Tuesday, December 12, 2006

Red Steel Impressions

Among the titles I purchased when I bought my Wii was Red Steel. I did this despite my own better judgement, despite the numerous negative reviews, and despite the unappealing box cover. I did it because it was the only Wii launch title available in my local store which wasn't aggressively family friendly.

I think a lot of other people are going to buy it for the same reason, and they're going to feel just as traumatised by the sheer hideousness of this game as I was.

Red Steel casts you as an American bodyguard named Scott. In a plot ripped straight from the intro to any late 80s arcade game, your girlfriend has been kidnapped and it's up to you to run and gun your way through an army of implausible enemies in order to get her back.

The game's presented as a first-person shooter. You use the Wiimote in the same way you'd used a mouse on a PC - to aim, to look around, and to shoot. My first reaction to trying out this control scheme was that you could make a pretty decent shooting game along these lines.

Red Steel is not that game.

The game feels lazy on almost every level. Other than the basic point and shoot functionality (which is fine), the rest of the controls are unintuitive and annoying. You'll be shaking the nunchuck around like an epileptic as you try to open doors, pick up guns, and change firearms on the fly. Zooming in (which you'll frequently need to do) is accomplished by making a skewering motion towards the TV with the Wiimote, which (trust me) gets old real fast.

The graphics feature some nice lighting effects but are otherwise appalling, packed with horribly pixellated textures and a legion of enemies who all look exactly the same. Key items in the environment (including ammo, enemies, and some aspects of terrain) are outlined with shades of bright white and yellow that make them look like they're the victims of bad greenscreen special effects.

The plot is painfully shallow and the majority of characters speak with exaggerated Japanese accents. Some of the plot is rendered through comic-book style hand-drawn cutscenes which could be generously described as "in the tradition of" Max Payne. However, what was an effective and deliberate stylistic choice in Max Payne here feels like Ubisoft were just too lazy to do a real cutscene.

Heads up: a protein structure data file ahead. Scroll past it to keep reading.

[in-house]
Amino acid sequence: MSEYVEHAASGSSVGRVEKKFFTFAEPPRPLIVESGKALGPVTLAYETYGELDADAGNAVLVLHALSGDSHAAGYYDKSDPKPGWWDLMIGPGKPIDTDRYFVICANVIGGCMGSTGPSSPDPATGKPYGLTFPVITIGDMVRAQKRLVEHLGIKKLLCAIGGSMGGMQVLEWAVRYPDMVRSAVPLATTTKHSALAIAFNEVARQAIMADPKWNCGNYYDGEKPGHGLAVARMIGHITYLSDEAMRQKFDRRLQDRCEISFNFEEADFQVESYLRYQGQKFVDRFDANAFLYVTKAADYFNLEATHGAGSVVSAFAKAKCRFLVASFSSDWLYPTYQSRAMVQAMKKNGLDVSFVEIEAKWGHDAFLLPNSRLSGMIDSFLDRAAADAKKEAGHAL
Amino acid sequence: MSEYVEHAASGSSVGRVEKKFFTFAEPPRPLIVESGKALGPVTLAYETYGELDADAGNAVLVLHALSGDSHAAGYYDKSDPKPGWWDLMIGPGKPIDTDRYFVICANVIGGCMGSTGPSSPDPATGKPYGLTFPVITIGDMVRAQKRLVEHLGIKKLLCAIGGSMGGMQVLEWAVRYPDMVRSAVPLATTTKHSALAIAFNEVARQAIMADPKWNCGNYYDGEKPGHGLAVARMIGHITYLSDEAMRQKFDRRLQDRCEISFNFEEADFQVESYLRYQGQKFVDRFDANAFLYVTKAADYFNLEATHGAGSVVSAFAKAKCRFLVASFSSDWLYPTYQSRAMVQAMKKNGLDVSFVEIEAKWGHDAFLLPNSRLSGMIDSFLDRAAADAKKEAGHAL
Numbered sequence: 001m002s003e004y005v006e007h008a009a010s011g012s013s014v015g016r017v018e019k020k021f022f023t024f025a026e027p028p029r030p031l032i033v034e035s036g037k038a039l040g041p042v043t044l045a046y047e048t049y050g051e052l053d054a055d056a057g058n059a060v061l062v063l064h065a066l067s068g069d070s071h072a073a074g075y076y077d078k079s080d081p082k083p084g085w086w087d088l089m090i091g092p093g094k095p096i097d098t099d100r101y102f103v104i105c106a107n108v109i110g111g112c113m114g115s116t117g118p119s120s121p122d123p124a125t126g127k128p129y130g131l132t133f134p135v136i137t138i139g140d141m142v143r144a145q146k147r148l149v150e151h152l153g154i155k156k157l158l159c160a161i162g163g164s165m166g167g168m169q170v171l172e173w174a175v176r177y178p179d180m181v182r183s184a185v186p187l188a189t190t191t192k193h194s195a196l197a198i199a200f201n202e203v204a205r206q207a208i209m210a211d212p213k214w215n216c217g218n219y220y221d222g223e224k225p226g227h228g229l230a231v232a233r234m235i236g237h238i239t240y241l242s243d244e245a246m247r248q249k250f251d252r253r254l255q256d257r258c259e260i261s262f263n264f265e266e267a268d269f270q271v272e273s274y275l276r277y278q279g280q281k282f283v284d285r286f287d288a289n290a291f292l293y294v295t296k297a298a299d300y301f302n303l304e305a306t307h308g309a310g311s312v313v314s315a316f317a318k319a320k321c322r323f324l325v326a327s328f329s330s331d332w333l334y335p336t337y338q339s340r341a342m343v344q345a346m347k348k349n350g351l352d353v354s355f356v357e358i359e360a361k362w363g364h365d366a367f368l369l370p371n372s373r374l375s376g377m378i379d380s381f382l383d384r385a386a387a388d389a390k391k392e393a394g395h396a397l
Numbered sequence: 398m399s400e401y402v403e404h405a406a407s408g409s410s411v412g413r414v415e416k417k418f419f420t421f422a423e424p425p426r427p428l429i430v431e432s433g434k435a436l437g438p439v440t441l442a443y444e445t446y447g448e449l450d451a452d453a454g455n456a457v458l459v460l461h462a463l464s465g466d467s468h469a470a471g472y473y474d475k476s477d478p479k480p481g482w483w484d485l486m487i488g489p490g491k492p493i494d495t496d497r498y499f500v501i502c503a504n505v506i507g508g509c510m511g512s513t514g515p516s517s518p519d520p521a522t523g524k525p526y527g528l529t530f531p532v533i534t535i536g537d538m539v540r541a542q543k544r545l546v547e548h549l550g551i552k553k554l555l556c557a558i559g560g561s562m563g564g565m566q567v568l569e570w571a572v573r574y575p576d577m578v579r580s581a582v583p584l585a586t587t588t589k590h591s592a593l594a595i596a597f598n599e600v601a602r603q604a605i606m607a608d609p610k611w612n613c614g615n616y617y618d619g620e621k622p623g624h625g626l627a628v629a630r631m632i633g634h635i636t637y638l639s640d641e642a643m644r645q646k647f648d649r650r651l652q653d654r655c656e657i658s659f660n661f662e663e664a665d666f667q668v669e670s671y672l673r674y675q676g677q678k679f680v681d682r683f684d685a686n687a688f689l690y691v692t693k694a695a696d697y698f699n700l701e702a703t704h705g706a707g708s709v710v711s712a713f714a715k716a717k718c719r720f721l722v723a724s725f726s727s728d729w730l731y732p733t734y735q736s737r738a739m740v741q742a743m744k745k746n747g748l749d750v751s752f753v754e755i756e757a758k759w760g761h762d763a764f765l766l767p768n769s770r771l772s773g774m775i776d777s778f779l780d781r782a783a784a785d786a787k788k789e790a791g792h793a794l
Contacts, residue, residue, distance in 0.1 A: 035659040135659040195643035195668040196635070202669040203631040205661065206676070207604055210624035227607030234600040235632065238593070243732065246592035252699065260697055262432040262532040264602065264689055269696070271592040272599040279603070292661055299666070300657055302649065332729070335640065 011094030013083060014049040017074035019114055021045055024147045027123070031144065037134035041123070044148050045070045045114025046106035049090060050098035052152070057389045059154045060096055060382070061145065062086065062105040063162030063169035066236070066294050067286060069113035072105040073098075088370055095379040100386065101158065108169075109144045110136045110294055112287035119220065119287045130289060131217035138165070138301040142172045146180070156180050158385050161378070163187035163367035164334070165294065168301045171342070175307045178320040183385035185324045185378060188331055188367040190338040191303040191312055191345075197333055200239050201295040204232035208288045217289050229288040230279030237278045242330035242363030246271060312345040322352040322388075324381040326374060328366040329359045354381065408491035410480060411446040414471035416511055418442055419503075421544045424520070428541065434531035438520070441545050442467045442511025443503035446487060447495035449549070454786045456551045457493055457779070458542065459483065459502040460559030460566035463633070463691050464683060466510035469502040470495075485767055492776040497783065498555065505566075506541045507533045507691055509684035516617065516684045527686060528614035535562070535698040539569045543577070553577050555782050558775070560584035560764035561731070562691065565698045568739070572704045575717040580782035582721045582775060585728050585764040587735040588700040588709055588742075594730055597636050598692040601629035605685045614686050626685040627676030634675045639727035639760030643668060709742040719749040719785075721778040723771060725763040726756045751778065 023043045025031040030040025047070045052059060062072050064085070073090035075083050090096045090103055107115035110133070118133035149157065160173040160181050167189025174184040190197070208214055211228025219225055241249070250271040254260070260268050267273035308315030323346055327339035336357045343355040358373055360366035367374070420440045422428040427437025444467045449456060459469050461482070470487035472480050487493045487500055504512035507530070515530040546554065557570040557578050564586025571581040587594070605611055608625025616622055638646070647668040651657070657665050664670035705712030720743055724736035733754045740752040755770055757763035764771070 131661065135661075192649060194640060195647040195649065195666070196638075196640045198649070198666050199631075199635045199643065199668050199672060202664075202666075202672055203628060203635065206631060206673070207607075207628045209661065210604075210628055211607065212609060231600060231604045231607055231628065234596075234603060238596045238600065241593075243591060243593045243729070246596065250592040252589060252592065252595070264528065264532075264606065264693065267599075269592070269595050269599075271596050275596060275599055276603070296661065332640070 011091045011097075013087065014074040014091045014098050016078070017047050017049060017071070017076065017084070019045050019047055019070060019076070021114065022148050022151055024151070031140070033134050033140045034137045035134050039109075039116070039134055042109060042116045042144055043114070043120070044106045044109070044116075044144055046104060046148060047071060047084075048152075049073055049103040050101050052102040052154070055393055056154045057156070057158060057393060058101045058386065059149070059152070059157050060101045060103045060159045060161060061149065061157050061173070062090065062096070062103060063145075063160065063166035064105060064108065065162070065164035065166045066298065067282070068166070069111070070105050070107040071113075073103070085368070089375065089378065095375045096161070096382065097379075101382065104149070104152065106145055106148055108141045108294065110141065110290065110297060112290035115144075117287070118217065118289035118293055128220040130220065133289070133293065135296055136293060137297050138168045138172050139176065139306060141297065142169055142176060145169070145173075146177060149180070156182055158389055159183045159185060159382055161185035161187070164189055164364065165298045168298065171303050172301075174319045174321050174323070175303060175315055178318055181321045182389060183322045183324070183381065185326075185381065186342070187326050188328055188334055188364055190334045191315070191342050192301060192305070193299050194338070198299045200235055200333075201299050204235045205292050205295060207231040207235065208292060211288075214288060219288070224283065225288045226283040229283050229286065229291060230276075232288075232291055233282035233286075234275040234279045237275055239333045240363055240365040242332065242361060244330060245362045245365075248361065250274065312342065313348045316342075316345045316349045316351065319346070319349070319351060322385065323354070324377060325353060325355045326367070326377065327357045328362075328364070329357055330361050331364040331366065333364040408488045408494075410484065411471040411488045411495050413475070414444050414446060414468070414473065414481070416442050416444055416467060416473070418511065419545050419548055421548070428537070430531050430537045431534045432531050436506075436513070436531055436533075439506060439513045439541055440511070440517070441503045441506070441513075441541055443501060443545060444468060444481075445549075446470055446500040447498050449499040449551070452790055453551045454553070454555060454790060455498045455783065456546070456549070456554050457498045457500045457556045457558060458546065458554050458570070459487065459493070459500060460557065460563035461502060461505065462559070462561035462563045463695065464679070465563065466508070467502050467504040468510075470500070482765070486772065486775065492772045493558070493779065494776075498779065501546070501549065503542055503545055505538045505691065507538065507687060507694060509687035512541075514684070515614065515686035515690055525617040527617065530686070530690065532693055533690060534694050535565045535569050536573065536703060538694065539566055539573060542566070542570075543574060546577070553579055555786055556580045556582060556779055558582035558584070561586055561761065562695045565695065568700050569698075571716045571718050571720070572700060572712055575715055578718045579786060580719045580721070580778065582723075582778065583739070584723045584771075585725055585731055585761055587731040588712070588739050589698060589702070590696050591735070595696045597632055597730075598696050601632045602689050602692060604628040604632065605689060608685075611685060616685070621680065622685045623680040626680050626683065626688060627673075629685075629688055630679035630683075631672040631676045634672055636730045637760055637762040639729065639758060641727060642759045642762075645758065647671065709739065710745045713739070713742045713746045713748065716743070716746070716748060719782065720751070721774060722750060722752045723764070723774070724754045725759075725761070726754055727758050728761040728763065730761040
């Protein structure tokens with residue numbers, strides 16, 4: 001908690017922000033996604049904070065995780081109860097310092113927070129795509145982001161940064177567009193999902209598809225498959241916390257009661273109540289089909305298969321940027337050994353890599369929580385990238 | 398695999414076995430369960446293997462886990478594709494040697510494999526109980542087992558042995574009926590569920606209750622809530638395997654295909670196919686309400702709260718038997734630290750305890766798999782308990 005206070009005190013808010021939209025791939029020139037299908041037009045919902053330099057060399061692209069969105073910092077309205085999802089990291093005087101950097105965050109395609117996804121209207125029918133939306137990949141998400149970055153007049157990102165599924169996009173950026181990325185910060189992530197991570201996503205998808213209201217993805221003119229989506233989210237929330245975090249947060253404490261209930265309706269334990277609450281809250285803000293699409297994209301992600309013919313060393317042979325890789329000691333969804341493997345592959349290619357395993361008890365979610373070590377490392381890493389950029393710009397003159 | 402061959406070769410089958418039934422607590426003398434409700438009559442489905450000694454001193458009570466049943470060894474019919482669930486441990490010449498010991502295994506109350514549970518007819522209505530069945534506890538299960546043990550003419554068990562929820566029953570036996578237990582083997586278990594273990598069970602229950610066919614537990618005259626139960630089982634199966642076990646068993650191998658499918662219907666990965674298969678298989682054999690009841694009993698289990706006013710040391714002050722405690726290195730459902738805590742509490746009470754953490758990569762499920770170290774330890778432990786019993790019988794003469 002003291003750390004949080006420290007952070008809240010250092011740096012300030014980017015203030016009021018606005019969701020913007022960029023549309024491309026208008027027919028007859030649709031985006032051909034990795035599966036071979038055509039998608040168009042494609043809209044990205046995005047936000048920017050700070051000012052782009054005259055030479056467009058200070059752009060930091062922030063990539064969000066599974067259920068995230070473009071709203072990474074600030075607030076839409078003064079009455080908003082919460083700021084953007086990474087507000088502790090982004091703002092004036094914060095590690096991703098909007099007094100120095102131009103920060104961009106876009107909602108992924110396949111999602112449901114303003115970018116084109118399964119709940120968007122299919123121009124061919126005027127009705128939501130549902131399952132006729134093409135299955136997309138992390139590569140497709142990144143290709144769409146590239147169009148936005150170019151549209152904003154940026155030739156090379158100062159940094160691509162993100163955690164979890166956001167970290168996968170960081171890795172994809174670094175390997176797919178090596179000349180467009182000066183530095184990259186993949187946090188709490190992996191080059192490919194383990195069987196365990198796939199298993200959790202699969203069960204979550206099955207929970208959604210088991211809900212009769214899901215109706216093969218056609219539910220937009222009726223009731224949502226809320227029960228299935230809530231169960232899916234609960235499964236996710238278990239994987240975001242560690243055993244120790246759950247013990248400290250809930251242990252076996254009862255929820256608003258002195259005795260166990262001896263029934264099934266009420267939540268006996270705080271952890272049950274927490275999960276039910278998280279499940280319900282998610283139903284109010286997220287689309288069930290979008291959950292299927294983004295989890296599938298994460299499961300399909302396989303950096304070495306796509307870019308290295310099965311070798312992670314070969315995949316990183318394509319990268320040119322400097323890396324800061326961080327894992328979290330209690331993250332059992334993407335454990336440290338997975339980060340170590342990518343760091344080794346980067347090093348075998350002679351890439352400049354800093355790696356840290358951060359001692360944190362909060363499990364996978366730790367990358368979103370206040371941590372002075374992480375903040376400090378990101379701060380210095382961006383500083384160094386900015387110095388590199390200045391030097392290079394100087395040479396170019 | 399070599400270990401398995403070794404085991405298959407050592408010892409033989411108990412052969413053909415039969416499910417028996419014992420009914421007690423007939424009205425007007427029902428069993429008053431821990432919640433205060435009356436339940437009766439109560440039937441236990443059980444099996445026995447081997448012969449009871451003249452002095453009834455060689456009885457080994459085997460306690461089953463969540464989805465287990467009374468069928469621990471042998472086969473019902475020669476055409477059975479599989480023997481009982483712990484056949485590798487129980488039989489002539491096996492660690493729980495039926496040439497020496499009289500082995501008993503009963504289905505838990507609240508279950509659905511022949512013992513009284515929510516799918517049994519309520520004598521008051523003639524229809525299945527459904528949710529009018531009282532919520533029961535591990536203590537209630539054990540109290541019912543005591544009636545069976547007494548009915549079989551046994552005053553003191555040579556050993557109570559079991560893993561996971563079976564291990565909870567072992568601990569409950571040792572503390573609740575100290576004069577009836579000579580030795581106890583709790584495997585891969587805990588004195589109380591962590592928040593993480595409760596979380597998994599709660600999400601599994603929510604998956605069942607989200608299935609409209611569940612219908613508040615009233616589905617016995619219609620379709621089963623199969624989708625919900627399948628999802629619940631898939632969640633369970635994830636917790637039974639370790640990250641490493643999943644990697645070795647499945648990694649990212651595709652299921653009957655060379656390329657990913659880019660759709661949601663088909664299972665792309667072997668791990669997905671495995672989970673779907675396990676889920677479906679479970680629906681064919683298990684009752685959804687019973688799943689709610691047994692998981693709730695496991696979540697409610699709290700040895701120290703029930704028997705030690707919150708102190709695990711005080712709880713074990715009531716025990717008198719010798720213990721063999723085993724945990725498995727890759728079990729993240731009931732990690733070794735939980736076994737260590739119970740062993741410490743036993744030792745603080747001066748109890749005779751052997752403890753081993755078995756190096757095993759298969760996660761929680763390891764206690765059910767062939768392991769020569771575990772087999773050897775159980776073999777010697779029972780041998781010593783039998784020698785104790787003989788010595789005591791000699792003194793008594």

I can't talk about how bad this game is without mentioning the menu system, which should probably be listed somewhere in a book on how NOT to design a user interface. Just getting into a game will require mousing over a variety of non-intuitive and fairly random neon-signs, reading their (often unhelpful) mouseover text, and then dragging and dropping them onto a big billboard. The best that can be said for the whole appalling menu experience is that it's consistent with the rest of the game.

The game coding isn't exactly rock solid either. Hit models for enemies are way off - sometimes you'll hit an enemy even when you're nowhere near them, while at other times nothing less than a direct shot to their head or chest will do the job.

I've played less than two hours into the game, and I'm giving up. It's going back to the game rack, and probably never coming back down. Ubisoft's nun-punching kitten-beating development antics have left a bad taste in my mouth, and really, in a world already packed with top-notch first-person shooting games, why on Earth would you waste time playing one as mediocre as Red Steel?


Anonymous said...

I knew 3rd party developers were concerned about the inclusion of Wii Sports and the release of Zelda being the only launch titles people went home with. So I bought RS because I wanted to support Ubi for taking a risk and releasing so many launch titles. I'd also heard that Splinter Cell's controls were terrible, so I didn't want to go that route until I'd rented it.

Within a couple of days I traded Red Steel in and picked up Rayman.

GregT said...

And now your life has been vastly improved as a result. Rayman's full of the awesome.

Anonymous said...